With the deadlines looming, Montgomery executives on Friday hired a local consulting firm for $ 42,500 per month to guide them through the process of using $ 85 million in federal funds while helping them search for more than one billion dollars in extra money.
This $ 85 million injection is part of the American Recovery Plan Act, but comes with a complex set of requirements and restrictions. Everyone involved in the meeting, including four city councilors, five county commissioners and Montgomery Mayor Steven Reed unanimously voted to hire Levitate Legal & Consulting to manage the process.
The county will pay them $ 21,832 per month and the city will pay them $ 20,667 per month as long as their service continues. The city and county will have until 2026 to spend the ARPA money, but the first deadline to submit a usage plan is August 31. Federal guidelines have not yet been finalized.
Levitation’s attorney, Susan Kennedy, said their consulting firm was also recently contacted by other municipalities. “People just realize they need help,” she said.
The company’s contract with Montgomery includes $ 22,500 per month for a range of legal and compliance work, including reviewing evolving federal guidelines, creating an online portal where the community can share ideas, assistance in the selection of companies and others involved in the process and communication with state entities. , education groups, nonprofits and others on possible grant partnerships.
It also includes $ 17,500 per month to develop and implement local programs created by the grants and $ 2,500 per month to track additional grant opportunities. Kennedy estimated that the region could benefit from more than $ 1 billion in subsidies beyond the current injection of $ 85 million.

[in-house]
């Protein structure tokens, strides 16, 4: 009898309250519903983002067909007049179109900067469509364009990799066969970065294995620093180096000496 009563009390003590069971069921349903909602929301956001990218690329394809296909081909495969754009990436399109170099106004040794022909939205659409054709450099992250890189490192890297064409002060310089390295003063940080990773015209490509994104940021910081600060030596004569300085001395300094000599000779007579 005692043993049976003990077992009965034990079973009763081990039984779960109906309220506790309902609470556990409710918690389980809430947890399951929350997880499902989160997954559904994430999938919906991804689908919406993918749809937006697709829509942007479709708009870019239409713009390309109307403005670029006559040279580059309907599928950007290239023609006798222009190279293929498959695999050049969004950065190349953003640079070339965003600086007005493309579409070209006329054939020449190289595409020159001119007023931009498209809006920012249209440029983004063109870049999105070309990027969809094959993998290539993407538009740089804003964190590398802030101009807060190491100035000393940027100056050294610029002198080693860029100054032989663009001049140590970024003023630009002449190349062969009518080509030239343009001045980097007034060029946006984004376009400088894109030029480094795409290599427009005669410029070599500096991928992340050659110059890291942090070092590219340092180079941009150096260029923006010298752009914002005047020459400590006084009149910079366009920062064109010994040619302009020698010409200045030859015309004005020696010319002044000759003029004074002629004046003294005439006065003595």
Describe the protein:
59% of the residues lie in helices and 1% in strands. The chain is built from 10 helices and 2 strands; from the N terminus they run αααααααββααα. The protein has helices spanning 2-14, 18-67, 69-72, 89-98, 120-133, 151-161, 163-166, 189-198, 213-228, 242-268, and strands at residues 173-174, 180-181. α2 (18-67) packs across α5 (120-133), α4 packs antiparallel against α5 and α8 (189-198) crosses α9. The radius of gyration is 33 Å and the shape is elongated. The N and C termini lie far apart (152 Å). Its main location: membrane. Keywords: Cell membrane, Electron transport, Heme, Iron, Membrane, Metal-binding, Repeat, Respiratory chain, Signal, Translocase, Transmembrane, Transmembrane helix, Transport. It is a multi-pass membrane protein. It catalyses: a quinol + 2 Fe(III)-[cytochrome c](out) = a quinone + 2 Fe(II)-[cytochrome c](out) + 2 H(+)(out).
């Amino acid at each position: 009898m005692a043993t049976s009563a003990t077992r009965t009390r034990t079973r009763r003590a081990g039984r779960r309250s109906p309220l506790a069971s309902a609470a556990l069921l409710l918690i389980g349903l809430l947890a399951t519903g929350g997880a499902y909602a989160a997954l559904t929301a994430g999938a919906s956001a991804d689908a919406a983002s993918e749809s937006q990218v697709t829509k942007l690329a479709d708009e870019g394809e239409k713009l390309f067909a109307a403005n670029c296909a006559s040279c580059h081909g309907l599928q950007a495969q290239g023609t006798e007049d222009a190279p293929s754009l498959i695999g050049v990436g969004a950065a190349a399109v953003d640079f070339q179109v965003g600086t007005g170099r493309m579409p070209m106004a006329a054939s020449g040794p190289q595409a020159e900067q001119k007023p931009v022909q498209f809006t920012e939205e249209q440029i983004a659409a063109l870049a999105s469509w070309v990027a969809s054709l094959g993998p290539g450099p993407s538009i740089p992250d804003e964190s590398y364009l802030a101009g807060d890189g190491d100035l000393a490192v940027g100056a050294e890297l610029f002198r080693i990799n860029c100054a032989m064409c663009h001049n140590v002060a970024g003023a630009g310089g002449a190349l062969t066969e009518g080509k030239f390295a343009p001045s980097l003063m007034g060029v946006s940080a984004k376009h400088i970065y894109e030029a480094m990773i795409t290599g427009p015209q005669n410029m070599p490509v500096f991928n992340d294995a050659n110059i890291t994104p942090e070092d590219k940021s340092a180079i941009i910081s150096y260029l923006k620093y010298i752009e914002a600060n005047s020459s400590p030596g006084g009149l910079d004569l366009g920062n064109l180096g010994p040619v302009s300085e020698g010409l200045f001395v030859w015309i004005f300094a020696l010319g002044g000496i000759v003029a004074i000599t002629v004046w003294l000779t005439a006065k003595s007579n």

Levitation attorney Terry Reynolds said Tuskegee recently landed a $ 3 million grant to address local health disparities, for example.
“I go through these grants every day,” Reynolds said. “There are law enforcement grants – there is a series that closed yesterday. I’m talking about programmatic grant opportunities of up to two to three million dollars per program. So there is a lot of money there.
While there is no guarantee of landing these grants, City Councilor Clay McInnis pointed out that even 10% of that money would double the region’s current total.
“It will depend on the quality of these grants,” Kennedy said. “It’s really amazing that the county and the city are working together. It also gives you an advantage in grant applications. And then partnerships with nonprofits – that sort of thing doesn’t happen everywhere in Alabama. “
Levitate fees do not include grant writing. The city and county each have dedicated grants staff, and county commissioner Dan Harris said the county is considering creating a dedicated grants department. If the city and county decide to use Levitate to write grants, Reynolds and Kennedy said they would provide the service at an additional cost of $ 100 to $ 125 per hour, depending on the grant.
The contract also does not require Levitate to administer the grants Montgomery wins. This service is typically provided on a percentage basis which Kennedy estimated to be about 15% of the total grant.
City and county leaders agreed to continue meeting monthly throughout the process, while forming subgroups or committees that would discuss needs in specific areas and how the money of the grant could be used.
“This money has always been there, and other places have been looking for it. We never even thought of doing things like (that), ”Harris said. “This is the reason why we still have parts of the city that are as they are. We never looked for that money.
Contact Montgomery Advertiser reporter Brad Harper at firstname.lastname@example.org.